ACT Party, Freedom of speech and Stephen Berry

Before starting this blog post I have to make two points. The first point is that I am a former member of the ACT Party but I’m no longer a member but when I was a member I fit into the socially libertarian wing of the party (with other side being angry ex-National Party members/Maxim Institute fanboys/those who romanticised the tea party from the US). The second point is is to differentiate between condoning an action vs. passing a law to make an action illegal – if you view the legal system to fix societal ills then you’ll take one position where as if you view it (as I do) as way to ensure that one persons freedom does not impede another persons then you’ll take a different position. I’ll write in a point based post because it allows a clear set of statements I want to make without the messy interpolating that can occur when jumping between subjects resulting in ambiguity in interpretation:

1) The question that was posed to Stephen Berry was in regards to the scenario of a transgendered person being told to go ‘kill themselves’ on the internet and although I agree with the principle and underlying thrust of his argument the reply was said in a rather flippant and uncaring manner. Personally I would have started off condemning the action of the hypothetical person who said such a thing online but I would have then followed up with a carefully worded explanation of what I see the legal system is for, the problems faced when you start prosecuting people for ‘mean things’ said on the internet etc. That being said, having been at such an event when I ran for Parliament in Wigram in Christchurch the amount of time afforded for a exhaustive answer is rather limited – terse and snappy replies are sometimes the only way to get complex ideas across (see the abysmal interview with Sue Bradford over the anti-smacking bill – I’m no Sue Bradford fan but the interviewer spent no time actually unpacking a complex philosophical issues regarding the relationship that a child has to their parents vs. the state).

2) Regarding the critics talking about the ACT Party’s opposition to the Human Rights Act (or in same cases, the belief by some MPs that certain things shouldn’t be covered by the law such as sexuality or in 2008 where a business didn’t want mothers to breastfeed their baby in their establishment), it isn’t that the party supports discrimination but the belief that firstly as a private individual (and in turn, organisation you own such as a business) have a right to decide who you wish to associate with or serve, and secondly that the best way of dealing with such discrimination (we’re talking about within the private sector, anti-discrimination as so far as the public sector is something that pretty much most libertarian leaning people support) is allowing the private marketplace, through rational self interest, deal with it.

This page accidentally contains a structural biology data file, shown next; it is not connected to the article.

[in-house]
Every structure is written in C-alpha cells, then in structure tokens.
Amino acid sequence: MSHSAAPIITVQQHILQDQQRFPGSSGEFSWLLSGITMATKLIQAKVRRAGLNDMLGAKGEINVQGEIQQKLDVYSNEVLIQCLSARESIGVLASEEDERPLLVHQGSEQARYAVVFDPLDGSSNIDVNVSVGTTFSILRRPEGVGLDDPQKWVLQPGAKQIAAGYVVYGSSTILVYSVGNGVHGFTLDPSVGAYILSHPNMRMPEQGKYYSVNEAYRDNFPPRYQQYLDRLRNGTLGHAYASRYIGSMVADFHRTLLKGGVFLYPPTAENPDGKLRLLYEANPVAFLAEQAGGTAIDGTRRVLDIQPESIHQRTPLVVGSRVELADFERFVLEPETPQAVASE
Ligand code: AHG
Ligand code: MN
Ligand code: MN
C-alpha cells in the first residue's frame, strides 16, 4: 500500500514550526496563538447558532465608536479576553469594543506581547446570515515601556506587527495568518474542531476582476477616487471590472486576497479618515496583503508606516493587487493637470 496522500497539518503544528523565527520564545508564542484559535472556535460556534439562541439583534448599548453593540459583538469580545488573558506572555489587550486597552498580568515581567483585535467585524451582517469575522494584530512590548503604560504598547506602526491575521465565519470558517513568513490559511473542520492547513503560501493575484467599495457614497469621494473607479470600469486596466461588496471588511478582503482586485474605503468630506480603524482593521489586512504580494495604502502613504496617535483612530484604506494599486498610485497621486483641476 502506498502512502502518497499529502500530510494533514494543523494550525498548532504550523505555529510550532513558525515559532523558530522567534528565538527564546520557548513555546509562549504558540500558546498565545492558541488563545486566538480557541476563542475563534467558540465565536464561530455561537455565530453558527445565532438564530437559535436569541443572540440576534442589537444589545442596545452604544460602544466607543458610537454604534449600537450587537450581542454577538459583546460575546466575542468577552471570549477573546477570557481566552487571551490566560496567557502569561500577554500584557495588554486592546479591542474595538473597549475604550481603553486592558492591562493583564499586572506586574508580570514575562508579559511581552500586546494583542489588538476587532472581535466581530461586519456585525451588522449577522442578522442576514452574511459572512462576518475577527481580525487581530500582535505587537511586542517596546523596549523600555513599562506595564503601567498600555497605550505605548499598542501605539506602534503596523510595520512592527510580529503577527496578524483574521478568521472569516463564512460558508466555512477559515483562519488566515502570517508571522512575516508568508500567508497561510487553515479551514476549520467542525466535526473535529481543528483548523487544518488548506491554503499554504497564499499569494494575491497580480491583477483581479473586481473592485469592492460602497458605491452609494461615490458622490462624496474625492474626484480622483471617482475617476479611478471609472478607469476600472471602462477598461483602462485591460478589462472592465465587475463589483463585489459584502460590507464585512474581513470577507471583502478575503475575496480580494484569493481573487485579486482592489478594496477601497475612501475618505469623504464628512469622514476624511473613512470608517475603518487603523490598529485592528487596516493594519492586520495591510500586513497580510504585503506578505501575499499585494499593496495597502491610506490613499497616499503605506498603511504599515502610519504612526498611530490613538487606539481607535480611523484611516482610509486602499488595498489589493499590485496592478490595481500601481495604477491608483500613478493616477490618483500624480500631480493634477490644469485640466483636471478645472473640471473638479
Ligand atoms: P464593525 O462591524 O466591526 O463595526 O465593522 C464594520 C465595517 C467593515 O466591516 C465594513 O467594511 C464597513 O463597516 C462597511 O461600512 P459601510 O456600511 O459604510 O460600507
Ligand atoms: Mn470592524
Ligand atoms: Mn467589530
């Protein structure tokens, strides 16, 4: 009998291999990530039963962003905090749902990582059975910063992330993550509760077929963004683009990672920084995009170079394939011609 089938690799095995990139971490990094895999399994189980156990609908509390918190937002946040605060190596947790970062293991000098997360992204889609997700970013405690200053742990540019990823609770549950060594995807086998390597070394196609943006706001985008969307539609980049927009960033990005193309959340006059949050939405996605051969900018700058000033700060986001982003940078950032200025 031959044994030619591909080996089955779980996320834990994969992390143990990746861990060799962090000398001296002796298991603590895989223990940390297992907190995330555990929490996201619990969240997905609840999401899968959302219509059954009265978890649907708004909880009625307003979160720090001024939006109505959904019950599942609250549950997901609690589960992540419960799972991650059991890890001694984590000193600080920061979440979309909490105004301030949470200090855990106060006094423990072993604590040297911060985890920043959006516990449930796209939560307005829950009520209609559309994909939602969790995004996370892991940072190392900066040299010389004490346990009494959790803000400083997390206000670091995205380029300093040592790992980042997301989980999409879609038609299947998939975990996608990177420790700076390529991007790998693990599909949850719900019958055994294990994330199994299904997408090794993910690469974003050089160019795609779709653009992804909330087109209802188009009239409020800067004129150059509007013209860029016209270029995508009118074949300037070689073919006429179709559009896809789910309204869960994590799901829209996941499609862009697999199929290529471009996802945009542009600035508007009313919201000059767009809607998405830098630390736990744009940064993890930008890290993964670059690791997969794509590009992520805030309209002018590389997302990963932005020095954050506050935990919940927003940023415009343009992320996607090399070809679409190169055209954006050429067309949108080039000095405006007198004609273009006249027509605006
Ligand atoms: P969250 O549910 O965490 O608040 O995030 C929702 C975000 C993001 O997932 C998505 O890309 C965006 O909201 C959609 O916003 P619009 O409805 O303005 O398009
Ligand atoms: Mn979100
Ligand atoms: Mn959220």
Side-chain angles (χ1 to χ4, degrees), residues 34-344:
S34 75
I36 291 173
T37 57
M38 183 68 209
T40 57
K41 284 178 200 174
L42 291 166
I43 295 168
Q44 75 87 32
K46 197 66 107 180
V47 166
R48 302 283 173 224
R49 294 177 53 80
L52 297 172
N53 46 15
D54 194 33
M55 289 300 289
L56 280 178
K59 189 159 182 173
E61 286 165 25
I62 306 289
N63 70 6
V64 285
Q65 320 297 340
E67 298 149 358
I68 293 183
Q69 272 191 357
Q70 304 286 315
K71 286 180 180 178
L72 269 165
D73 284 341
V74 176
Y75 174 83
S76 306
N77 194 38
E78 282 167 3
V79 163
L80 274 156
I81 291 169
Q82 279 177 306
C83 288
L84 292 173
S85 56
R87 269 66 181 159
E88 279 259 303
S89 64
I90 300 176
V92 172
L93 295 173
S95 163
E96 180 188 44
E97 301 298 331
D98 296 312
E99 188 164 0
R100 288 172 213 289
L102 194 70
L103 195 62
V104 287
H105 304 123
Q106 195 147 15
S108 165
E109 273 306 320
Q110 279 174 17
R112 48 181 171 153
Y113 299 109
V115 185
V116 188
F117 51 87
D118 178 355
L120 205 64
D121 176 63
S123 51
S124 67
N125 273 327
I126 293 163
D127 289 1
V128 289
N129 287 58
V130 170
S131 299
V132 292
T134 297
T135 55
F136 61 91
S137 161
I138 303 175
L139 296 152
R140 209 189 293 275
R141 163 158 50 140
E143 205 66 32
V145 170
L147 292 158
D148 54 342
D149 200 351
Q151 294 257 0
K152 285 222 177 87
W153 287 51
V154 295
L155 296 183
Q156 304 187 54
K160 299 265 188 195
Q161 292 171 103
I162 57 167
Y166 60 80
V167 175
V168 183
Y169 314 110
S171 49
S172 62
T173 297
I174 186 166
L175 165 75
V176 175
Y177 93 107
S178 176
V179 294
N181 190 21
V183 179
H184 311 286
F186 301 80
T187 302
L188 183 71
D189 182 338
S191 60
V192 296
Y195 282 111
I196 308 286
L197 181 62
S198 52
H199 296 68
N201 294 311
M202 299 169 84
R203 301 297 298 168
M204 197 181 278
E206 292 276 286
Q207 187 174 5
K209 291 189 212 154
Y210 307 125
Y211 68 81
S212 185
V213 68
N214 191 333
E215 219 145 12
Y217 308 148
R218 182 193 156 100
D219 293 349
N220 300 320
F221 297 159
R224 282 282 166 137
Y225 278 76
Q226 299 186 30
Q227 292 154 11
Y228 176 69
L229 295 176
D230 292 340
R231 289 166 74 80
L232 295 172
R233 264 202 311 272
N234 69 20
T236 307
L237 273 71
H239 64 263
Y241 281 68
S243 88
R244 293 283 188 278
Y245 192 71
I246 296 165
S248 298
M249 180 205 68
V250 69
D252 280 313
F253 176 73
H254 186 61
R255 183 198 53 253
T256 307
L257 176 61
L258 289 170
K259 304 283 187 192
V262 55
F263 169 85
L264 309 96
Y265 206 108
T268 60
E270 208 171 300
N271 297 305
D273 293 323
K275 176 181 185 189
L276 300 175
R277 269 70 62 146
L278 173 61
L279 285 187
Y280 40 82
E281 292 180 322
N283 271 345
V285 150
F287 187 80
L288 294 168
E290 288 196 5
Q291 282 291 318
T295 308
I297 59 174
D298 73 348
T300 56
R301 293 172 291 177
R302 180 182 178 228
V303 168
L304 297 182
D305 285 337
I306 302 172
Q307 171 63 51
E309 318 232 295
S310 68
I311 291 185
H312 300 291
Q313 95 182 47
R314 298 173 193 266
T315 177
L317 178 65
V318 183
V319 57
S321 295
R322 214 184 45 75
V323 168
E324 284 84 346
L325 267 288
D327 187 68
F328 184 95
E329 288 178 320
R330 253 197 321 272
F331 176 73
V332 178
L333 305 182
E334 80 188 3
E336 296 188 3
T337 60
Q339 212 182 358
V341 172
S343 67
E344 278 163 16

When I talk about rational self interest I am referring to the business owner’s desire to make money will override any prejudice because he or she values money over upholding their prejudicial views. Keeping in mind that it is ‘in theory’ – something I don’t agree with given that people are quite prepared to cut their own nose off to spite their face especially if there is communal retribution for failing to tow the generally accepted line by the community at large or simply that they’ll claim ‘religious beliefs’ as a mask in justification of their discrimination.

3) Although one should wary of the slippery slope fallacy (if we do X, what is next? Y? Z?) it is important to understand that you cannot just simply go after a person who makes a single ‘mean post’ on the internet or otherwise there will be hundreds of police hours wasted on something that quite frankly can be resolved by the complainant blocking the person in question. That was the question being posed – not an active campaign of harassment but a single once off remark online. When dealing with a ‘mean comment’ where is the line drawn? I don’t agree with your assessment of the so-called ‘earnings gap’ between men and women you then go Chanty Binx (aka ‘Big Red’) by labelling anyone as a misogynist and harasser? That the boundaries of freedom of speech are dictated by your feelings and whether your emotional instability makes you do something stupid which therefore makes the person posting the said comment responsible for the actions you take? is it uncaring to actually say that the receiving party in question also has responsibility for the actions they take or are they just automatons that run on external stimuli?

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